Jun 3, 2015; Arlington, TX, USA; Texas Rangers designated hitter Joey Gallo (13) hits during the game against the Chicago White Sox at Globe Life Park in Arlington. Mandatory Credit: Kevin Jairaj-USA TODAY Sports
The call-up of Joey Gallo was a little surprising when Adrian Beltre headed to the DL, and I hope you were quick enough to grab a share of the prized slugging prospect. However, Gallo represents a gigantic risk if you play in points leagues that penalize strikeouts. I am convinced Gallo is a must own player for his monstrous power; he could whiff at unparalleled levels against Major League pitching.
Through 27 plate appearances, Joey Gallo has been a treat to watch with two homers, seven hits, three walks, and thirteen strikeouts. His .290/.370/.583 slash line and .556 BABIP through his first six games are phenomenal, but this is the smallest of sample sizes. So far, he either gets on base or strikes out, but his current K% of 44% may not be too far off his strikeout rate going forward.
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At this point, the three qualified hitters with the highest strikeout rates are Steven Souza at 36.6%, Chris Carter at 35.9%, and Chris Davis at 34.5%. Those notorious hackers may pale in comparison to what Joey Gallo could do. Through 33 games in 2015 at AA, Gallo posted a dreadful 33.6% strikeout rate, but that was sadly an improvement over his 39.5% K% in 68 AA games last year.
None of the trio of Souza, Carter, and Davis struck out nearly as much as Gallo did in the Minors. As you would expect, the vast majority of ball players see their strikeout rate increase when they make it to the show. Striking out over a third of the time in AA is usually a death sentence for a Minor Leaguer.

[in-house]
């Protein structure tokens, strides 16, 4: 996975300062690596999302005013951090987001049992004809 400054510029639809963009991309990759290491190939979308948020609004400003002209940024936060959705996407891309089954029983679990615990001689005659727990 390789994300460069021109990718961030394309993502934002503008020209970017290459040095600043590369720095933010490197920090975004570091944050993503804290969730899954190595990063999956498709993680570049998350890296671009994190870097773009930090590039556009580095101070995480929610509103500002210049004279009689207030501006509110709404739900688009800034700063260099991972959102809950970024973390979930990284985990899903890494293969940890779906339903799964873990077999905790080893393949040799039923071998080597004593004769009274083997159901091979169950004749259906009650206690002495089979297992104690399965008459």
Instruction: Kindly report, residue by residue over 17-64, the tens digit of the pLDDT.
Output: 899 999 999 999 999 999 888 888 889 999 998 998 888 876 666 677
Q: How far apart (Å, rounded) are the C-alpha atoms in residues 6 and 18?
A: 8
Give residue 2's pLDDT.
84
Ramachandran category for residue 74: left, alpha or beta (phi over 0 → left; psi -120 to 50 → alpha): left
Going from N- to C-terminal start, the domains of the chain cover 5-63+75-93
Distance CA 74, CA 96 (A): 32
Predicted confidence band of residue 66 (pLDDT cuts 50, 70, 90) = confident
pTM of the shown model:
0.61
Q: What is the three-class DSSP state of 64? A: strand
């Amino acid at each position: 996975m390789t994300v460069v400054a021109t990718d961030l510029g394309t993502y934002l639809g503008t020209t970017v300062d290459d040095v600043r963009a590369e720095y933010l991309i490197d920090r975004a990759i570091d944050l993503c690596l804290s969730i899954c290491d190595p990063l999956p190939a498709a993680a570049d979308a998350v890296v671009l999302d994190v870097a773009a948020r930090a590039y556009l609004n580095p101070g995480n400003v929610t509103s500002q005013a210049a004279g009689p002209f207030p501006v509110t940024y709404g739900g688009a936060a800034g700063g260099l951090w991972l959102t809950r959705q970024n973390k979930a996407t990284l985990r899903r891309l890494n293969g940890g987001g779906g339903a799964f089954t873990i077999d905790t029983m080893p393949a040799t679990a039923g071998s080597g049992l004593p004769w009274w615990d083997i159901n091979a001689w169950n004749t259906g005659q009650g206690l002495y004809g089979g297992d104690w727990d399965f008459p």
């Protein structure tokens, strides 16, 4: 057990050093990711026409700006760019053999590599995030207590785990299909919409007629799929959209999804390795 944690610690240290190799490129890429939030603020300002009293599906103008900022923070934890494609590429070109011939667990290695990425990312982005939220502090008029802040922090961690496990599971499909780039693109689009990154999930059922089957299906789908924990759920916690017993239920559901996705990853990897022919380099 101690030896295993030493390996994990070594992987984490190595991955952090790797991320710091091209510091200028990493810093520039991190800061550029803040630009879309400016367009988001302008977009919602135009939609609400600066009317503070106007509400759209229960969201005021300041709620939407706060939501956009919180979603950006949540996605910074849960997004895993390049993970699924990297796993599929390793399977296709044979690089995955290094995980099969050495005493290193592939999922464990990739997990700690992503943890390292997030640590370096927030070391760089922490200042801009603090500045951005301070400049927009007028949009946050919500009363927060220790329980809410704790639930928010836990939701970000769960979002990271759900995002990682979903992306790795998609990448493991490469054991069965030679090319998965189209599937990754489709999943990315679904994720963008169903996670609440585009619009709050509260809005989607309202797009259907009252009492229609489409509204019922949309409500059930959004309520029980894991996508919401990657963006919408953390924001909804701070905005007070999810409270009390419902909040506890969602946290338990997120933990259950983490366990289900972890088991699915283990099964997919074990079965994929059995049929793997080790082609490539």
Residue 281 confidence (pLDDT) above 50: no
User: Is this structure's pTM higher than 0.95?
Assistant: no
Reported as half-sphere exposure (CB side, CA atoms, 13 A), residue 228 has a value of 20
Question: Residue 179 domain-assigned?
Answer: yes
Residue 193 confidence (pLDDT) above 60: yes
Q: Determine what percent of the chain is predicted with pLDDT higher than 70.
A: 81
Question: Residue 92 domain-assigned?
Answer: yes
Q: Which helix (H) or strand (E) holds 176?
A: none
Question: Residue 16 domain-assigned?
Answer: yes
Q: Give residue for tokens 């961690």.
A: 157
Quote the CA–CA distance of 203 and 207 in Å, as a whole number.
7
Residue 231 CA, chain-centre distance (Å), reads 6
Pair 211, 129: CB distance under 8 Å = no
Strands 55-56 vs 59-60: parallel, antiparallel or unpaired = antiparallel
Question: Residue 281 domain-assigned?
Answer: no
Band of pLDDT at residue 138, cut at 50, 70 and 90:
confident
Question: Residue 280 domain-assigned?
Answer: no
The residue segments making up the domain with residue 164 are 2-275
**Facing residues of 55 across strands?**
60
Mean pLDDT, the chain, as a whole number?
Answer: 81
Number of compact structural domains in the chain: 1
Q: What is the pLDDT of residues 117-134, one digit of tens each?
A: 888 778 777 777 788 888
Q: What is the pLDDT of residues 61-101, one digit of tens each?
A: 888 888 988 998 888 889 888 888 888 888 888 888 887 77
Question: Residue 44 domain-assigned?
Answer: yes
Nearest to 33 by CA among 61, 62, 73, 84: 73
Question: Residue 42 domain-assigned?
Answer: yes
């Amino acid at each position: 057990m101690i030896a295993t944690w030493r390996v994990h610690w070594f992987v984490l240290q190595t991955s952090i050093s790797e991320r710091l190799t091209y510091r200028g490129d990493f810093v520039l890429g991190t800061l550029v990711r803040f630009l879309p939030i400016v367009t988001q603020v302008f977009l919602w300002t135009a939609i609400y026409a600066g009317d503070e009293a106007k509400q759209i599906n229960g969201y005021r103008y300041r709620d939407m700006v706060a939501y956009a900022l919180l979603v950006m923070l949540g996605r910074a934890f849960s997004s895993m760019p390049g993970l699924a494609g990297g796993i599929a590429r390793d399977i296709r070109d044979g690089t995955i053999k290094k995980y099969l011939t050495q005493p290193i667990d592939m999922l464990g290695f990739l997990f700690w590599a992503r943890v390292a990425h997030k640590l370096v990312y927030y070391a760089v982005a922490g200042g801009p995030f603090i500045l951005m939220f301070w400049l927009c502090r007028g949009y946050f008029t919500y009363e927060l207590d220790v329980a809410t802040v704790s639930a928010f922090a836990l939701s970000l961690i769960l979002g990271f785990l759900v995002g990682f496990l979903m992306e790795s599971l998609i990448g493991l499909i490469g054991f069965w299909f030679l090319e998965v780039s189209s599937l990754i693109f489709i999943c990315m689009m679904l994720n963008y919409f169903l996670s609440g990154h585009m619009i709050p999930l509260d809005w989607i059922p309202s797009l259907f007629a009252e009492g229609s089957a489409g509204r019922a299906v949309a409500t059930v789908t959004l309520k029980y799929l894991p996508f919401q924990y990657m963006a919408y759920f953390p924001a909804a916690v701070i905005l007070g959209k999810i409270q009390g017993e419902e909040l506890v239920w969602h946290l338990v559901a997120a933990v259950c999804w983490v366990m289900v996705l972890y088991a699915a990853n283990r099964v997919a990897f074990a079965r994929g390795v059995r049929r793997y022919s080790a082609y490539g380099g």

Gallo’s best strikeout rate at any level in the Minors was his 26.0% K rate in A+ ball. His penchant to K at an unprecedented rate comes with 80 raw power that has been repeatedly demonstrated throughout his professional career. His other-worldly pop makes Gallo an elite prospect and potential fantasy superstar, but he could easily flop due to his lack of contact.
I really hope that Gallo sticks because he could hit tape measure shots, but I worry that he could go the route of Brandon Wood. If you do not remember, Wood was a top prospect with the Angels who had major power and a strikeout problem. Unfortunately, he fanned way too frequently to succeed in the big leagues. Obviously, Brandon Wood is the floor for Gallo’s future, but it is important to remember that not all elite prospects pan out.
There is no doubt that I am happy to own Joey Gallo now, but I would be a lot less tempted if I played in any points leagues that penalize for strikeouts. He could get you a -1 almost half the time, and it could be detrimental to your team depending on the scoring system in place. In non-keeper leagues, I would definitely think about moving Gallo unless you are power starved.
Disclaimer: Joey Gallo has so much power that he could completely alleviate any fears that I have, and I want him to make me look foolish. I sure hope that I end up worrying for nothing because I definitely want him to succeed.